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Lost Alamos: Music

Adios, Californios

(Lost Alamos)
© Brian Daniell 2011 ASCAP


I have deep roots in California, but I no longer live there. I really can't, because the California I know, the California of ancient memories, lies long buried beneath suburbs, freeways, and shopping centers. I've tried for years to come to grips with this and finally have written something that seems to reflect the feelings. This song is dedicated to my great-great grandmother. Her name was Juana Maria Pantoja Machado and she was born in Los Angeles in 1831, a third generation Californian, her family having arrived there in the 1770's. Her people were known as Californios, the settlers who came from Spain with the missionaries, a small population who farmed and ranched and lived almost untouched by political upheavals in Spain and Mexico. But their lives were disrupted forever by the war between Mexico and the United States (the "Mexican War") and their lands were for the most part lost to them after the Treaty of Guadalupe Hidalgo in 1848.    


My Abuela Pantoja lived through those times (she died in 1900) and she must have been there in 1847, when the US Marines came ashore to take Los Angeles.  I wonder if she saw the Battle of Dominguez Rancho, when the Marines were outmaneuvered and defeated and forced to retreat to their ship.  It's strange for me when I think "My Spanish-speaking ancestors had a battle with the Marines right there in front of their house in Los Angeles--and won!" when I am no more Spanish than a cheeseburger and fries.  But much of my music has a slightly Spanish feel, so I guess there's still something in there.


By the way, old Californians do not talk about "Santa Ana winds."  We call them "Santanas."  Some may try to argue, but I learned the term from my mother, who learned it from her mother, who learned it from her mother, who learned it from Juana Maria Pantoja Machado.  And one did not argue with any of those women for very long.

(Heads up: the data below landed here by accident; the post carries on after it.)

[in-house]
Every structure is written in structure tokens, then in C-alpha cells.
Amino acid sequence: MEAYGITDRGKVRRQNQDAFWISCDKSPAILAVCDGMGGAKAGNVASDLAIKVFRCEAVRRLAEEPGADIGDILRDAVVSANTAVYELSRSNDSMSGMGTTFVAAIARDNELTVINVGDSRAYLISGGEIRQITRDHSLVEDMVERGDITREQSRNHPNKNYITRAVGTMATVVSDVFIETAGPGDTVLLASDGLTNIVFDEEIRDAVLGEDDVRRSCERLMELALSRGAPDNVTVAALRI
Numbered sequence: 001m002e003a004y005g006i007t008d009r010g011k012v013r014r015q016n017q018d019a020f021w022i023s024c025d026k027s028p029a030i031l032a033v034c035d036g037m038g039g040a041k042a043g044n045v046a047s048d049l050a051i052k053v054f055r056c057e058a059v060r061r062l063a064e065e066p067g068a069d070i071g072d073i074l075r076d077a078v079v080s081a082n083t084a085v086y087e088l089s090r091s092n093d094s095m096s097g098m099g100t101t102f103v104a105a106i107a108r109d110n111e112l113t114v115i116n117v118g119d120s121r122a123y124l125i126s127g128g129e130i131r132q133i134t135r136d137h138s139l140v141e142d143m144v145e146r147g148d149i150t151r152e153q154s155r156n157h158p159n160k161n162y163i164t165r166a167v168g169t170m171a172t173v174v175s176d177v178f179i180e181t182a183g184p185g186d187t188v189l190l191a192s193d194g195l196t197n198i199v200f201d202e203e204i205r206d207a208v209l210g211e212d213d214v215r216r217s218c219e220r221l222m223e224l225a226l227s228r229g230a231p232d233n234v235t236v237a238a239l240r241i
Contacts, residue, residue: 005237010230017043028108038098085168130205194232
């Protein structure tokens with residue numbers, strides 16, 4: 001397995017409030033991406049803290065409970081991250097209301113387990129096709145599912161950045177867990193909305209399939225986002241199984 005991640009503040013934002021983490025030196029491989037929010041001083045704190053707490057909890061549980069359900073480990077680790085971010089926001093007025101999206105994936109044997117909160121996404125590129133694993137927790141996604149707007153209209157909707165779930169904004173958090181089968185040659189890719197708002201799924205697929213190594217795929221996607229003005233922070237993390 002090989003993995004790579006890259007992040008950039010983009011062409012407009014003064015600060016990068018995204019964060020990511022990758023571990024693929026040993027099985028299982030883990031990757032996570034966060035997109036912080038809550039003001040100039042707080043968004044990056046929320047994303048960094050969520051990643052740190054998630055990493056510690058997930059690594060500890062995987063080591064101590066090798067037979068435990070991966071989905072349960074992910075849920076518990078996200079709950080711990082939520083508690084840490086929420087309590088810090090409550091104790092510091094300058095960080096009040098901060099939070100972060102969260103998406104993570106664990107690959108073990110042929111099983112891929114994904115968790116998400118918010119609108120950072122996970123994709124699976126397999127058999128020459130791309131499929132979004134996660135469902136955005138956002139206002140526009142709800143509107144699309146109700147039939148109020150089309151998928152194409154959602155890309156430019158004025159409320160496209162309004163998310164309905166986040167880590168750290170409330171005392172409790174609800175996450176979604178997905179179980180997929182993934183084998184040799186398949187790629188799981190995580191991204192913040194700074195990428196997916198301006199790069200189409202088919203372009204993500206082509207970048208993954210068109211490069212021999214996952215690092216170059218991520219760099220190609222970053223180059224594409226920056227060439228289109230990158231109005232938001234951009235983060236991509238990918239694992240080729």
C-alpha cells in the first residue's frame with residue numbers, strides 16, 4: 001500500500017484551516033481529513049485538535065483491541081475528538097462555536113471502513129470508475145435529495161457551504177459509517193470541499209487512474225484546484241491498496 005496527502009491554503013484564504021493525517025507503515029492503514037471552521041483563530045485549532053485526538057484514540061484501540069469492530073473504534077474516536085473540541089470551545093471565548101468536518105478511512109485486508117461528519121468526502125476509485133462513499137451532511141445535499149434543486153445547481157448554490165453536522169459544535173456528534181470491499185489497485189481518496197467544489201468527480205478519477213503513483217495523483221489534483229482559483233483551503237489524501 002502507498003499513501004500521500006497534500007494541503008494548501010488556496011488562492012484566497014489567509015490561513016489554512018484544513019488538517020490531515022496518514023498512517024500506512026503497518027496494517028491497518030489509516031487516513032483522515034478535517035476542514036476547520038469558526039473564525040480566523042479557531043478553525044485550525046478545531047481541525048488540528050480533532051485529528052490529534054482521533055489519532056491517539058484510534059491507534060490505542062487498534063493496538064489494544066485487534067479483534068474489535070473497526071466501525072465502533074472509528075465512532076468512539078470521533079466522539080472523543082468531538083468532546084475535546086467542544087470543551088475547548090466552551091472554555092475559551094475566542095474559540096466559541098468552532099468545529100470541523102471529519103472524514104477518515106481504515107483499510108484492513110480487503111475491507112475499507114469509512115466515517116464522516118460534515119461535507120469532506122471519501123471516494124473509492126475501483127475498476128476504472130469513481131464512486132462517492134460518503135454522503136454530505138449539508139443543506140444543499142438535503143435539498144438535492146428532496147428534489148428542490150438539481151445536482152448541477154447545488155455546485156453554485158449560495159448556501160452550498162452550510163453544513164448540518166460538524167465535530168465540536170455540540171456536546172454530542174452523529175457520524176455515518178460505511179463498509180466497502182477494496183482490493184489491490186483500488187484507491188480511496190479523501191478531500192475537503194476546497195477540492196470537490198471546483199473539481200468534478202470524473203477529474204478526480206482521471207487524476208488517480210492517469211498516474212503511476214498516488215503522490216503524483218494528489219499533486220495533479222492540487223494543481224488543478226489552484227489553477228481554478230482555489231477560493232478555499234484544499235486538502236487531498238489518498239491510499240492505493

When the red Santana sweeps the flames

down from your thirsty hills

And you fear the very land you won

from burning ancient wills

Go down by the old adobe

and pray that you may see

the place beneath the steel and concrete

that lives in our memories

 

We were buried in California

long before you arrived

Of my ancient family numbers

some few are still alive

Our names live on the signposts of

the streets and towns you know

For the highway of the king leads straight

back to old Mexico

 

Adios los Californios

Your vaqueros have all gone

But still I dream you will ride again

Some fine Spanish silver dawn

Adios Abuela Pantoja

Though your music I cannot know

You sing to me across the years

For I am Californio

 

Now the sun sinks in the flaming sea

But angels never rest

Though we laid her stones of history

we are forgotten guests

Our paths are lost in the dust of years

Fate has said it be so

Then say adios to the fading ghost

of the Californio

 

Adios los Californios

Your vaqueros have all gone

But still I dream you will ride again

Some fine Spanish silver dawn

Adios Abuela Pantoja

Though your music I cannot know

You sing to me across the years

For I am Californio